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World Affairs Council Connects NH with the World
 
Published Wednesday, December 21, 2016


For more than 60 years, the World Affairs Council of NH has educated Granite Staters about global issues. And even though anyone can learn about world affairs online, the World Affairs Council continues to find ways to remain relevant.

“Preparing New Hampshire for the global economy has never been more critical,” says Anna Berry, executive director.

The nonprofit brings 30 to 40 speakers to NH each year to discuss a variety of topics. It also hosts dozens of international delegations annually who come to the U.S. to learn how American communities solve various issues. This year, it also hosted NH’s second Academic WorldQuest, a national competition that tests high school students’ knowledge of international affairs, geography, history and culture. About 50 NH students joined the competition this year because of the council's involvement.

“It’s a unique opportunity to meet face-to-face with those who are engaged in various aspects of world affairs,” says Steven Solomon, board chair.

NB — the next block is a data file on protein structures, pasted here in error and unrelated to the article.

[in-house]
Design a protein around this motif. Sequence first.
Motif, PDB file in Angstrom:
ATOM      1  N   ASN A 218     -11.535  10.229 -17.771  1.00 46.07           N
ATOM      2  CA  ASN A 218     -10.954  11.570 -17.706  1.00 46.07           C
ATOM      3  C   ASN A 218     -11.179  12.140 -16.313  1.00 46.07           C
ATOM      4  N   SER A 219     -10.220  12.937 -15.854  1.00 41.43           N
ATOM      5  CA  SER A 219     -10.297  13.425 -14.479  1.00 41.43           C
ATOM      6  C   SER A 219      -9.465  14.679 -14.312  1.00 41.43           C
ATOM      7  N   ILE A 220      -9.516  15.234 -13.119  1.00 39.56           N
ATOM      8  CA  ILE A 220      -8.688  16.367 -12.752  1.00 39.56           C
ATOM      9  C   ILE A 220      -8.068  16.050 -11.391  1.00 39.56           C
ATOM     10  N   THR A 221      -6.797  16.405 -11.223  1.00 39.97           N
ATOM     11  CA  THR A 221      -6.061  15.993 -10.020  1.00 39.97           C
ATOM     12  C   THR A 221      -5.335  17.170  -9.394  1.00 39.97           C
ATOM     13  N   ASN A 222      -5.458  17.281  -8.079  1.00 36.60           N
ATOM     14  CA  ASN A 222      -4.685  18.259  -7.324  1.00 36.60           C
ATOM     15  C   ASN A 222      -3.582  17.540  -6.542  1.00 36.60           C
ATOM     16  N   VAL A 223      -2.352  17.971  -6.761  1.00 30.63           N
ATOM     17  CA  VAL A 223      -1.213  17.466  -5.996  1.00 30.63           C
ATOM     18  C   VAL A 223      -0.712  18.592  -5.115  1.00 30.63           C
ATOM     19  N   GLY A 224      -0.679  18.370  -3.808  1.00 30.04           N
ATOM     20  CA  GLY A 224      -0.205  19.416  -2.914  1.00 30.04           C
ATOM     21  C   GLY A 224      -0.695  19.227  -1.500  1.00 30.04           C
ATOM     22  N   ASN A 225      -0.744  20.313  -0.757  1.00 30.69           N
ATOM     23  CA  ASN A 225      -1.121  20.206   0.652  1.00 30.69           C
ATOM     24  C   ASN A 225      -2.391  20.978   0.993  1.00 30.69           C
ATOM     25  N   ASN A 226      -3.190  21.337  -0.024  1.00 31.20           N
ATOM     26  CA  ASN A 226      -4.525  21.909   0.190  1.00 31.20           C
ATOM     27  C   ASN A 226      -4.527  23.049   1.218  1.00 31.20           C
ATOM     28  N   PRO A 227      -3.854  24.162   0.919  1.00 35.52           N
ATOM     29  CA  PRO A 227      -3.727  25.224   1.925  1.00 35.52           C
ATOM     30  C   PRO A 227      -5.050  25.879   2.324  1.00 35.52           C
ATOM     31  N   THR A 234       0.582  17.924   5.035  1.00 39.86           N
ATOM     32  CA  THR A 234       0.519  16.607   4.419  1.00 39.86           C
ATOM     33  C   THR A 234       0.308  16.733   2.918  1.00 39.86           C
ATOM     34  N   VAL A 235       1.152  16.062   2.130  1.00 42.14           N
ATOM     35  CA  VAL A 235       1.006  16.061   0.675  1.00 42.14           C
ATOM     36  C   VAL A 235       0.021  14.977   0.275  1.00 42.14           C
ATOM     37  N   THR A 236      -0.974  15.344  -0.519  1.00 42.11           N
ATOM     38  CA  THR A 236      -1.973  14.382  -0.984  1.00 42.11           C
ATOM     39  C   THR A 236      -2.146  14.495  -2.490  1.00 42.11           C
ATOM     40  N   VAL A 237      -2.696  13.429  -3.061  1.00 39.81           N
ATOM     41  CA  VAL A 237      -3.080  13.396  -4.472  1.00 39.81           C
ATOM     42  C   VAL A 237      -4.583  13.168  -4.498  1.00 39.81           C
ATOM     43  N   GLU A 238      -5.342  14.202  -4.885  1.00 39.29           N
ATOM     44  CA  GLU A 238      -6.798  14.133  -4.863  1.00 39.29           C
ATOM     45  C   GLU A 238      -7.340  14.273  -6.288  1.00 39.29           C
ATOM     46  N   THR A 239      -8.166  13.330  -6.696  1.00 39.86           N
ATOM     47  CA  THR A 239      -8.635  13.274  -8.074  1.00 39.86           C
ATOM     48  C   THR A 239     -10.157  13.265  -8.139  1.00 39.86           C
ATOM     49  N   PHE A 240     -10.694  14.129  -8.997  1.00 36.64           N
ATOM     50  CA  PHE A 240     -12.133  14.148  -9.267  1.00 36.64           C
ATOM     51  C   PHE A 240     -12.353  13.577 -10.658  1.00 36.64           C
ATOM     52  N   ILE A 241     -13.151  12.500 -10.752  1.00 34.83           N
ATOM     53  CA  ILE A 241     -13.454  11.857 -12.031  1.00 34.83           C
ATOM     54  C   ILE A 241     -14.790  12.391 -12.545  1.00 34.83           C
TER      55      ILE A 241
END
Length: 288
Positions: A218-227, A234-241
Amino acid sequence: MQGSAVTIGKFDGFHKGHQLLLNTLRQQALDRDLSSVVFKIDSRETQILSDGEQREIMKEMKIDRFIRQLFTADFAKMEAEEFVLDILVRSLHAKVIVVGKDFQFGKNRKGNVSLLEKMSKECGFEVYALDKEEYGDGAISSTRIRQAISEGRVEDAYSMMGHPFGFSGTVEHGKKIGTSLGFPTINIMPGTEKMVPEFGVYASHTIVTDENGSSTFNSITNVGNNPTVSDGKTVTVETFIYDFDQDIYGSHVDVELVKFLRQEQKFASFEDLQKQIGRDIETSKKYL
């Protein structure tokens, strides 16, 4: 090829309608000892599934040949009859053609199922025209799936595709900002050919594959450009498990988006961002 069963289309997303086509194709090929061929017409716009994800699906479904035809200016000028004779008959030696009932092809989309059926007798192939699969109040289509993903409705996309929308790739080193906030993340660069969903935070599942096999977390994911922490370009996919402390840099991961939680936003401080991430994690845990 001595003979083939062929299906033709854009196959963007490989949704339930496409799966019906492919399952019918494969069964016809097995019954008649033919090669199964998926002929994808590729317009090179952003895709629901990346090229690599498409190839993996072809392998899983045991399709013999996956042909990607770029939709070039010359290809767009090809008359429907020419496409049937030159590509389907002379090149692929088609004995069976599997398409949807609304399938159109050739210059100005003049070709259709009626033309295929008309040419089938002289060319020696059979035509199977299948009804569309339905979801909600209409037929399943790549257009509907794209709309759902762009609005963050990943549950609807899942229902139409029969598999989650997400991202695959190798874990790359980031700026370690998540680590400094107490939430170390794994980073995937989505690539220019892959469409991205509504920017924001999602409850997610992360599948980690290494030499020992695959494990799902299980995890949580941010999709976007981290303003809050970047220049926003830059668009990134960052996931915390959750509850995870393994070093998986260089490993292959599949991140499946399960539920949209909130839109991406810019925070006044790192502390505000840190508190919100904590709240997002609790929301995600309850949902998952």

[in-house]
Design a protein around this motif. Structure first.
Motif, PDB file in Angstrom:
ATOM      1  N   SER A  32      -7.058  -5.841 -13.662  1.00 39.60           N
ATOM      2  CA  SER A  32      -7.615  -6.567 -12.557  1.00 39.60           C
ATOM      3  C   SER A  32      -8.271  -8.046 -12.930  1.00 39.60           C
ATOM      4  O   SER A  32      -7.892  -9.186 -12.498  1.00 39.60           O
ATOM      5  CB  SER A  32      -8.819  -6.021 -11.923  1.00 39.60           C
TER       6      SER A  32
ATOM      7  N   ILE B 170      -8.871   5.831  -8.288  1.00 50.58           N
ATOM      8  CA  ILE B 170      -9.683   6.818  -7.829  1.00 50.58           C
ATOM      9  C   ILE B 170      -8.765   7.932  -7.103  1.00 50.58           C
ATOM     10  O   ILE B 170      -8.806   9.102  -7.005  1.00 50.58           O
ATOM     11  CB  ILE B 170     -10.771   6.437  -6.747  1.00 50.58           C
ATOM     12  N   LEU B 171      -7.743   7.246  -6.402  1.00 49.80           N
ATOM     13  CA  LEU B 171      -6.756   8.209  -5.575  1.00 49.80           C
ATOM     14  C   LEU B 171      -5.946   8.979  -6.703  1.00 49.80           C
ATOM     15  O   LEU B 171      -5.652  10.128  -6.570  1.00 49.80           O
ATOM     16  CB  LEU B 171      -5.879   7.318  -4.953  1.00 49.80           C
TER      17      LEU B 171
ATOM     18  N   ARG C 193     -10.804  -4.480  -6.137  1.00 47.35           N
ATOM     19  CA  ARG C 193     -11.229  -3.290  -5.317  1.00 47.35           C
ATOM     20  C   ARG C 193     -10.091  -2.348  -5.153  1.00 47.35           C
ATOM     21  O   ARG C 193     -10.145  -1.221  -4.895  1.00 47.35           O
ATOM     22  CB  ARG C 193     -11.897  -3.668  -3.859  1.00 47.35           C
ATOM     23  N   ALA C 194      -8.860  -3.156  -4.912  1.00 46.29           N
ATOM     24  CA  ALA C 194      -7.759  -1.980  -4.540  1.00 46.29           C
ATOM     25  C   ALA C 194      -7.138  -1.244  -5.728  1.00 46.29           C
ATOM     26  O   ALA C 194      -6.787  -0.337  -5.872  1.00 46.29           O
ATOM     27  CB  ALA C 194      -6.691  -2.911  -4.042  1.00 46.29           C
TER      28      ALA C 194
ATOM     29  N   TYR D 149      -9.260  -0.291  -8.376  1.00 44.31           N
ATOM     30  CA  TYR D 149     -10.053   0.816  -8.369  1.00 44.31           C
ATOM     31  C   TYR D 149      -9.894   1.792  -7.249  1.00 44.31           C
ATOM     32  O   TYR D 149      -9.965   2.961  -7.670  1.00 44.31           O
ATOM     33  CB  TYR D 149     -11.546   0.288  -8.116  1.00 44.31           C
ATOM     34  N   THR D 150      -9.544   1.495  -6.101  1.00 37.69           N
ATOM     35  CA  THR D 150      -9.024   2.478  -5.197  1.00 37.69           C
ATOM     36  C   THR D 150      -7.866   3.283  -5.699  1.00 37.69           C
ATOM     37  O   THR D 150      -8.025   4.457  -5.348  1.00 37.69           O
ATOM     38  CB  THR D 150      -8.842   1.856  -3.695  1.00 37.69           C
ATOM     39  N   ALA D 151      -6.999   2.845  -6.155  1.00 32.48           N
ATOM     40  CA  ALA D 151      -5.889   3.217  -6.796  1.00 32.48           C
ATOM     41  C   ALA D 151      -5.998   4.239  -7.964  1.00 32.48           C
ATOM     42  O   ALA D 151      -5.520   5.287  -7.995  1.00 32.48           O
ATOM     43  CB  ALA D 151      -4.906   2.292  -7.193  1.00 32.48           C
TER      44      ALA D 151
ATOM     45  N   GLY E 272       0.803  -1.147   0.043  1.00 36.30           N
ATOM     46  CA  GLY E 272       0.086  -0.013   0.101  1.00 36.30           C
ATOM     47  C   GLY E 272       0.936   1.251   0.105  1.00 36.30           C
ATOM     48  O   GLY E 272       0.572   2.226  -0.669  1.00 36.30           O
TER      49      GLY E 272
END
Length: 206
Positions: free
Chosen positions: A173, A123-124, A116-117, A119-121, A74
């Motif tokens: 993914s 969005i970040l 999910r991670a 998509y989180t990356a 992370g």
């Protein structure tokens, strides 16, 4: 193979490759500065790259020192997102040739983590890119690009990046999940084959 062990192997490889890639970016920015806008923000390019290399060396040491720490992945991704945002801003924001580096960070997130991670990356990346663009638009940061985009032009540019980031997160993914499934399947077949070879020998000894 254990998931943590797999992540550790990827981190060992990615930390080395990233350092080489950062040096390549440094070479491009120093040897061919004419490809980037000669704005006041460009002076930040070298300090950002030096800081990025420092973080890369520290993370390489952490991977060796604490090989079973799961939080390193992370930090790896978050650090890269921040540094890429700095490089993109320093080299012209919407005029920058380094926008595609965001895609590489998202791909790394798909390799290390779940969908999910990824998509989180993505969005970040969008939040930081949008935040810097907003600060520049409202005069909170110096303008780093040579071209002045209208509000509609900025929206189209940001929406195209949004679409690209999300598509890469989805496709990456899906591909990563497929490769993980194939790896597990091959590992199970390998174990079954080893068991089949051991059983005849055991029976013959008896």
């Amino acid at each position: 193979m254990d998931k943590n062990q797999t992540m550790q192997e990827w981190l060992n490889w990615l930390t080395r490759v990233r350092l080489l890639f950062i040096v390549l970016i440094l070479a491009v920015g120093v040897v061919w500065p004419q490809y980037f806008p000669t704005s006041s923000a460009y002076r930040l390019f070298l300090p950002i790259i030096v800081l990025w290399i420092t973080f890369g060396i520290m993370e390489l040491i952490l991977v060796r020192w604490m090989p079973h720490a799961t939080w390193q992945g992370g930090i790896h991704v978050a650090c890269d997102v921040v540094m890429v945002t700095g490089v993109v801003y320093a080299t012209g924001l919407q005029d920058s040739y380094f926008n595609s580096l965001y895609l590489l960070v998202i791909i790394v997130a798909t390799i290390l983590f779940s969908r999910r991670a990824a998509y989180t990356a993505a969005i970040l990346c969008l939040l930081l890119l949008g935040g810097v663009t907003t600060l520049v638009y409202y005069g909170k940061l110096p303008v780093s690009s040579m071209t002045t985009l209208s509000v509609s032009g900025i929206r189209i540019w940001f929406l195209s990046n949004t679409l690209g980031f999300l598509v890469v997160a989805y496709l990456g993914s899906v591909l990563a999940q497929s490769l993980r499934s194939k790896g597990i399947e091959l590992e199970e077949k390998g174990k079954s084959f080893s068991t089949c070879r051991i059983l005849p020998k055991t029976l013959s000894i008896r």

The Council has about 350 members and donors, though the majority of its events are free and open to the public.

Established in 1954 at the University of NH in Durham, the Council is dedicated to “fostering learning, discussion and citizen involvement in world affairs.” Now hosted at Southern NH University in Manchester, the Council offers an annual Global Business Summit on campus. This year, the Summit tackled the issue of cybersecurity, attracting about 150 attendees.

The Council also hosts an International Visitor Leadership Program, a professional exchange program with leaders from other countries visiting various U.S. communities annually (about 300 to 400 in NH).

“For the visitors, it's professional development and understanding America in a different way,” Berry says.

In July, a delegation of emerging leaders from the Caribbean met with faculty at UNH School of Law to exchange ideas about defending intellectual property rights. That same month, members of the Indian parliament met with NH state legislators in Concord to discuss representation of rural constituencies.

In August, a Pakistani delegation learned about responses to illicit drug use, including education strategies and treatment, and met with New Futures, the Governor’s Commission on Alcohol and Drug Abuse Prevention, Treatment and Recovery, the Easter Seals Farnum Center, the Manchester Fire Department, and Partnership for a Drug Free NH.

For more information, visit wacnh.org.


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